Persistent labor shortages are changing the employee-employer relationship, increasing the importance of benefits, salary and flexibility — a dynamic that could boost the growing on-demand pay industry, Scot Parnell, CFO of DailyPay, believes.
On-demand pay enables employees to access a portion of their wages between pay periods. That's a benefit that could help employers attract and retain employees, giving them an advantage in today's tight labor market. “The more satisfied and engaged the employees, the higher the stock value, the better the across-the-board growth," Parnell told CFO Dive.
By allowing employees to access their earnings on their own schedule and avoid resorting to predatory lenders and overdraft fees, DailyPay’s employer clients benefit from steeply improved retention rates and expedited hiring rates; two key metrics in high demand among short-staffed businesses.
"A lot of time employees might even miss a shift or two because they don’t have money to get to work," Parnell says. "So, they’re more able to show up and stay around longer. They’re more engaged, which means the company wins, because we all know engaged employees are more productive. And turnover is very expensive. Lastly, the CFO gains, because we’re lowering their staff costs and at no increase in SG&A [selling, general and administrative expenses] or acceleration of cash outflow to the company. The CFO’s benefiting while they’re using our balance sheet."
Parnell joined software-as-a-service (SaaS) company DailyPay as CFO in late 2019, just before the pandemic. During the initial shutdowns, he saw companies reevaluate their spending and operations, alongside an industry shift and capital markets freeze that gave DailyPay a “modest” revenue downturn.
The second half of 2020 was marked by uncertainty, Parnell said. “We had to manage our team through that, reinforcing their purpose and our ability to help others.” Soon, they saw a surge in bookings from companies with like-minded values.
In the current landscape, where tight labor markets are giving employees some newfound leverage, companies want to help them and provide additional support, Parnell said. But they still have to pay attention to their bottom line.
“Put simply, an employee needs money if they’ve worked a shift,” Parnell explained; most of DailyPay’s users are hourly, rather than salaried, employees. “They can push that button and get access to their money for less than at an ATM.”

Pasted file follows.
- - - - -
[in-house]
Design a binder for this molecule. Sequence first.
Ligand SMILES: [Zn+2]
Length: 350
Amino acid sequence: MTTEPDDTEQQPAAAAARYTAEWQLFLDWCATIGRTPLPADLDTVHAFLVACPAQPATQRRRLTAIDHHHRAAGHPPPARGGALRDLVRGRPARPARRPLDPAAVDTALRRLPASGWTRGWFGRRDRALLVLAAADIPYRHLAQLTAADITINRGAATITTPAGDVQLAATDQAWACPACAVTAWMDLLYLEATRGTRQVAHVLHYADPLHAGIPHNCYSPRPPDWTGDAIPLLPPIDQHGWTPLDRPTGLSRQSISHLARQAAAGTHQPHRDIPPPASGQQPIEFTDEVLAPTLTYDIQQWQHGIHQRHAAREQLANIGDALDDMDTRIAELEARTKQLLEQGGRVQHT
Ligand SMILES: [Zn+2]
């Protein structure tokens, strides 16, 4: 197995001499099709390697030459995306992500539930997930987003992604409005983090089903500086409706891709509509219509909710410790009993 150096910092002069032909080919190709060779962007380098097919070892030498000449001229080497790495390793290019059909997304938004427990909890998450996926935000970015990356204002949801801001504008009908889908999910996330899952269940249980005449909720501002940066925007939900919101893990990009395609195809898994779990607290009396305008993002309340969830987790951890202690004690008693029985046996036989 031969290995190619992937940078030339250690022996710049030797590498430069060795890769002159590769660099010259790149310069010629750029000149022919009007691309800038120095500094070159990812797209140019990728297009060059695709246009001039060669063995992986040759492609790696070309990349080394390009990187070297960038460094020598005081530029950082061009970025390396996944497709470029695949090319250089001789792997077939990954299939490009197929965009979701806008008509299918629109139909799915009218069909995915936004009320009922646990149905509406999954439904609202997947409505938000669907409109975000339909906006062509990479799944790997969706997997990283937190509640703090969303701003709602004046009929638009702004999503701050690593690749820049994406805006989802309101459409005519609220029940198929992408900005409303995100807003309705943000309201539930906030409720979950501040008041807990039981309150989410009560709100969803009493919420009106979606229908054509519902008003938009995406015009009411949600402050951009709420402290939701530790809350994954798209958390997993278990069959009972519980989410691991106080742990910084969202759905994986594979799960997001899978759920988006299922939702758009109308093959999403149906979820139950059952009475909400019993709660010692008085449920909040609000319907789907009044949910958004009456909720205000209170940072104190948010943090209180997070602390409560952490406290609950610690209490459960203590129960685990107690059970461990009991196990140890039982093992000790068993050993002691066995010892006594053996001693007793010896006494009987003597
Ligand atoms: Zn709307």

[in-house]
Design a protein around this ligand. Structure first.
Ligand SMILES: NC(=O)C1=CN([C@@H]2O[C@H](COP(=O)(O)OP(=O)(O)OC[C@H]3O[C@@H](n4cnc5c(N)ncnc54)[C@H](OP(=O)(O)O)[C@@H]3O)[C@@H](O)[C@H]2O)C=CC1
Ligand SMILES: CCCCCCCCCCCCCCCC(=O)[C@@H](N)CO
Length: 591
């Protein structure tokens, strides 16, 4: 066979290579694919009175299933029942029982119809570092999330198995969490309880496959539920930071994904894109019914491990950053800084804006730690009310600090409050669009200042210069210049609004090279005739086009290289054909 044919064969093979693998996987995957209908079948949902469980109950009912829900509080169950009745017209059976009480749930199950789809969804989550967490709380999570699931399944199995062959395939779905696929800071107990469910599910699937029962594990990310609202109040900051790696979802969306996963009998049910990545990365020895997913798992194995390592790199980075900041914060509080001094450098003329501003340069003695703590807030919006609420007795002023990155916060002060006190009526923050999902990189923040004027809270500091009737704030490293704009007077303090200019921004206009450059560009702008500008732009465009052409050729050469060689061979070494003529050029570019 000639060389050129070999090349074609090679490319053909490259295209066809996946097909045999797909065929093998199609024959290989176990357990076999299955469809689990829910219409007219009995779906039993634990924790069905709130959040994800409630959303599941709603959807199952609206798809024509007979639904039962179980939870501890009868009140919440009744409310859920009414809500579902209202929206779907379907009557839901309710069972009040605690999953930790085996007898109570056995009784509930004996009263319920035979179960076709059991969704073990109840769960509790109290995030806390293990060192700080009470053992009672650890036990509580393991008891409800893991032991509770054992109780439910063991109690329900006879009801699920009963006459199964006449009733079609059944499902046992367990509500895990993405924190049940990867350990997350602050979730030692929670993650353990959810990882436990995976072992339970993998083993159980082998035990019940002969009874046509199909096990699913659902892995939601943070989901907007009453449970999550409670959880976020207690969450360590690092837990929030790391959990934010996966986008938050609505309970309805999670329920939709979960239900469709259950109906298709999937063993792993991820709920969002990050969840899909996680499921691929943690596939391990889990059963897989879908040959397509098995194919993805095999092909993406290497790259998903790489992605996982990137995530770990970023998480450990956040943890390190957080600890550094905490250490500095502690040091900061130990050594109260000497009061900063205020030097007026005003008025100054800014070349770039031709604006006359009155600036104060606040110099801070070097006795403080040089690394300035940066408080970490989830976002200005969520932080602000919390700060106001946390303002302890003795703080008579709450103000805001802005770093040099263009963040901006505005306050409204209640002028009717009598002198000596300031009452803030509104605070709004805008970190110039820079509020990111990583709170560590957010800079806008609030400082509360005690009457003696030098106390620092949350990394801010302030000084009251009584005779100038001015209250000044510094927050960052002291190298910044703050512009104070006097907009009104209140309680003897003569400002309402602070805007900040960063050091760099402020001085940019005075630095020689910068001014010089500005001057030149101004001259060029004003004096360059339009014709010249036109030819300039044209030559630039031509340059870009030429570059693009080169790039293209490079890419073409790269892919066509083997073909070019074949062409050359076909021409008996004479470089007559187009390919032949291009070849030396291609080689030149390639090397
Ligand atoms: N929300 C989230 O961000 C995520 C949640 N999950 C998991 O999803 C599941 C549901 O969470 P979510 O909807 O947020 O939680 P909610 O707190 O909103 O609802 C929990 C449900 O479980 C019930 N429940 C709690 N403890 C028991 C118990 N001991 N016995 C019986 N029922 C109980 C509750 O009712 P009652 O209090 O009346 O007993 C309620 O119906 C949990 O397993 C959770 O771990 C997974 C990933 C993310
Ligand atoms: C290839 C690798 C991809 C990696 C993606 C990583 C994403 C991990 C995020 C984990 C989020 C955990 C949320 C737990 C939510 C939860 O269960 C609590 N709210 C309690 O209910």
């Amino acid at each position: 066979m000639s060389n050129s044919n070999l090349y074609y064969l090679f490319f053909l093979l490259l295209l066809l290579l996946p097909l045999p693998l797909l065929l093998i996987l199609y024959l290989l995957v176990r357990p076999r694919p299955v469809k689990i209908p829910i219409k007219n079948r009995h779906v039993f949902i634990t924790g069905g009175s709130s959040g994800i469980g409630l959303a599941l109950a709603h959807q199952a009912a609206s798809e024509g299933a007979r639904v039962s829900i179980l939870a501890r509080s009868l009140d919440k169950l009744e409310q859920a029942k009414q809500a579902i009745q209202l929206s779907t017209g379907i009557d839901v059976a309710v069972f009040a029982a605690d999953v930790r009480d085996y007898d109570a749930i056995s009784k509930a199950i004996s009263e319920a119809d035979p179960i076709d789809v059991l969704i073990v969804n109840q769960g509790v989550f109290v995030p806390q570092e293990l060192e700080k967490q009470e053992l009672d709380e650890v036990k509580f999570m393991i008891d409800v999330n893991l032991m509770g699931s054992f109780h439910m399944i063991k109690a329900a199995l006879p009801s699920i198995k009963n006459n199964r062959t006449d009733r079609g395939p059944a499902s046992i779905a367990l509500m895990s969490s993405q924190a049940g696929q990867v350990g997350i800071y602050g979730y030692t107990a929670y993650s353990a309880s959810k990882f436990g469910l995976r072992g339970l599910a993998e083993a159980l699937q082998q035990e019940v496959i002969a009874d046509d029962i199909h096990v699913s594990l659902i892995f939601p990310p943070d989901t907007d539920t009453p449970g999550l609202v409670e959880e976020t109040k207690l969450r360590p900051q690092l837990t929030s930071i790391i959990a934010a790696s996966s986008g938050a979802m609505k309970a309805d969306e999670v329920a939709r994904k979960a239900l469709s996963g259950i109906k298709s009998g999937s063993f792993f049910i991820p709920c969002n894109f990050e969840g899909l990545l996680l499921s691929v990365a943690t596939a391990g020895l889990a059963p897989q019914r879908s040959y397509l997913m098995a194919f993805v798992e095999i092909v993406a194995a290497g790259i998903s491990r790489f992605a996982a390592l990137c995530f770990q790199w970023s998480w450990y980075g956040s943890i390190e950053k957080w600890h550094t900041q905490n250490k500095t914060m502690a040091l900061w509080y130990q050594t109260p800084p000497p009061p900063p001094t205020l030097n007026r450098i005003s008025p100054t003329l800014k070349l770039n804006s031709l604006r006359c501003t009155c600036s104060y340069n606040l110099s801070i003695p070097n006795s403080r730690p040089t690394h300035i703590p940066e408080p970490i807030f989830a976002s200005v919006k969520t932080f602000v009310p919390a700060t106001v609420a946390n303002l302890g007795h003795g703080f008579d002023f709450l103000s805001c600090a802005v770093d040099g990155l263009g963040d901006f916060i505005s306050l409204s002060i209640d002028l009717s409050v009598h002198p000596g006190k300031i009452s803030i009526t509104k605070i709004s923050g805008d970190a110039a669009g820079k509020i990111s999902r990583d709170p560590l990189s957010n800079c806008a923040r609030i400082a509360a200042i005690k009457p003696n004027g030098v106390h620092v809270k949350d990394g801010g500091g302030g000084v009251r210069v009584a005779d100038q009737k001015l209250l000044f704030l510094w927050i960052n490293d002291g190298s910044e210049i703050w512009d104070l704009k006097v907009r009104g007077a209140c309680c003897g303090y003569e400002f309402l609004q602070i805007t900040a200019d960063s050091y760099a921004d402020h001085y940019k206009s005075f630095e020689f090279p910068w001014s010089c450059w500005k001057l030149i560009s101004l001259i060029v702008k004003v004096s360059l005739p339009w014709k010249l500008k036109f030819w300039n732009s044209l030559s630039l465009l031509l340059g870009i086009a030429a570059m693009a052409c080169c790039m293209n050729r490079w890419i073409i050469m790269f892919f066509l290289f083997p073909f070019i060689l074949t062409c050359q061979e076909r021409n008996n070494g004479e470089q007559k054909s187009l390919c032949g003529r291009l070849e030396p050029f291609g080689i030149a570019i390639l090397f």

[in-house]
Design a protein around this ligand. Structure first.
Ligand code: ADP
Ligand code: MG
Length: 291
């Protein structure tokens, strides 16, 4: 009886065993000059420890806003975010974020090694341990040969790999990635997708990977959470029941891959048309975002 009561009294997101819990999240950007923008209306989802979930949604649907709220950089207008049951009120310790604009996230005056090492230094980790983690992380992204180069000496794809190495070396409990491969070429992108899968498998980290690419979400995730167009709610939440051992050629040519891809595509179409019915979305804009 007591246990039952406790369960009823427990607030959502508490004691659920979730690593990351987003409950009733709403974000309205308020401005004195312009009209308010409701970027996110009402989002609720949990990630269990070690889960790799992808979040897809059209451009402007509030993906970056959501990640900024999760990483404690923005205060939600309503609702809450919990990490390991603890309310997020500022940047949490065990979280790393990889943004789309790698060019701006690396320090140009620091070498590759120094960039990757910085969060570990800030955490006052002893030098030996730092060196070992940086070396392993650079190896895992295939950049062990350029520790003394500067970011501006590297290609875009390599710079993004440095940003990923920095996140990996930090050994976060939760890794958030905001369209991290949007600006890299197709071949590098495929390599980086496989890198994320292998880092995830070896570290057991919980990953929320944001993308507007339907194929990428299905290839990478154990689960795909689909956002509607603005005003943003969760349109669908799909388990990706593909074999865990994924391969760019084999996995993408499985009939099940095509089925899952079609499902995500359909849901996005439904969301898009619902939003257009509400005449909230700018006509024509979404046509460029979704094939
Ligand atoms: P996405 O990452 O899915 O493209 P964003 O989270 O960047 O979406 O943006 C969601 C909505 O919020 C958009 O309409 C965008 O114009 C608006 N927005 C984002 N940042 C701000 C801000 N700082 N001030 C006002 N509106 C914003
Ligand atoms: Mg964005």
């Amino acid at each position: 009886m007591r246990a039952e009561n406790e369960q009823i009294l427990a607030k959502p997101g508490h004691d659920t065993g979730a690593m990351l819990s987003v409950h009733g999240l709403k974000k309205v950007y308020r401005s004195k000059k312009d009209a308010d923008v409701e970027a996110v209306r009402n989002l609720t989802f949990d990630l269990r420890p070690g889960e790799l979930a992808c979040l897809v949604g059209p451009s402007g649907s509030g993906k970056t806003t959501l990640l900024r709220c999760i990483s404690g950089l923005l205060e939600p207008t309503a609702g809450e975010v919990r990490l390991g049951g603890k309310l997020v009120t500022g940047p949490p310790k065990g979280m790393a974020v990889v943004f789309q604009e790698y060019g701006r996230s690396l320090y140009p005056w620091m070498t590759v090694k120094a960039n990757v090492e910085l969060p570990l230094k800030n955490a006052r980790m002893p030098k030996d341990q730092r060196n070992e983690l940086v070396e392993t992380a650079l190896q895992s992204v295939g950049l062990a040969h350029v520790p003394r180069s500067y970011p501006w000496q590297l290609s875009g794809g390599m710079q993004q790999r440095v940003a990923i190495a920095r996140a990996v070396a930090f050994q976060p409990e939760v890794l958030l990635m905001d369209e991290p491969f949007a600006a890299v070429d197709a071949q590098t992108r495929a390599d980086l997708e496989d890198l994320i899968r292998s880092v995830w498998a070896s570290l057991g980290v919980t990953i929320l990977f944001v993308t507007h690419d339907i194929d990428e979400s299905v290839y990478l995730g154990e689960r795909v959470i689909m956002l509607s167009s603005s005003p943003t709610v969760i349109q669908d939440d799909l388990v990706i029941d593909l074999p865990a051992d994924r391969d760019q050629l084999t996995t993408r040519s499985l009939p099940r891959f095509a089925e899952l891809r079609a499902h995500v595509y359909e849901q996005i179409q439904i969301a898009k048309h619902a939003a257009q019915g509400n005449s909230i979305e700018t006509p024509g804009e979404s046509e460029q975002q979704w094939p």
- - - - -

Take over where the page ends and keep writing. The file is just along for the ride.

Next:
Eye towards trends
The overwhelming theme of recent technological advances, Parnell said, is a move towards on-demand. “That’s what everyone wants now: on-demand, frictionless, clean and clear,” he said. “What DailyPay has done is make payroll real-time clean, clear and frictionless at a very reasonable cost.”
Parnell sees DailyPay’s product, on-demand pay, as a trend that will only accelerate as it attains greater market acceptance. It intends to remain ahead of its competitors in the space, including Earnin, FlexWage and PayActiv, because it’s “already, commercially, the most enterprise-stable solution,” Parnell said. “We’re already providing the most compliance.”
While DailyPay’s “immediate natural fit is for hourly workers,” the product has broad appeal, Parnell said. “When I was a newly minted CPA at an accounting firm, I had a lot of debt, and this would have been amazing,” he said. “Sometimes it’s just a liquidity thing. We’ve had people who wanted to exercise a small amount of stock options, and they used their DailyPay account to do that. Use cases are pretty broad.”
DailyPay relieves significant administrative burden for its clients, which is one of its largest selling points, Parnell said. “We make sure they're super compliant and in accordance with tax rules. There's a lot of burden in making sure when you pay someone, you're giving them the right amount, and the data is clean. That's why a lot of companies only do it once every two weeks.”
DailyPay takes the bulk of that off the employer’s plate, Parnell said. “If you pay someone, you have to collect taxes. If they use DailyPay, that doesn't trigger the tax requirement.”
As regulators take a closer look at the earned wage access industry, Parnell and his team have taken a “very forward position” with regulators to ensure their perspective is understood.
“We work very closely with the state, federal and local regulatory agencies, and we help them understand why this is such a good solution, and how it meets the criteria they’re looking for for this population,” he said.
“We’re the White Knight of payment providers,” Parnell said. “We compare ourselves to the other funding sources [like payday lenders], and constantly show the benefits, in terms of savings and cost avoidance.”
The company has a tremendous purpose to Parnell, who arrived in the role after many years as CFO of a public company and in private equity
“We’re saving employees a lot of money and stress and giving them more control over their financial lives,” he said. “This makes it better for the companies that employ them, and reduces turnover, which is better for CFOs."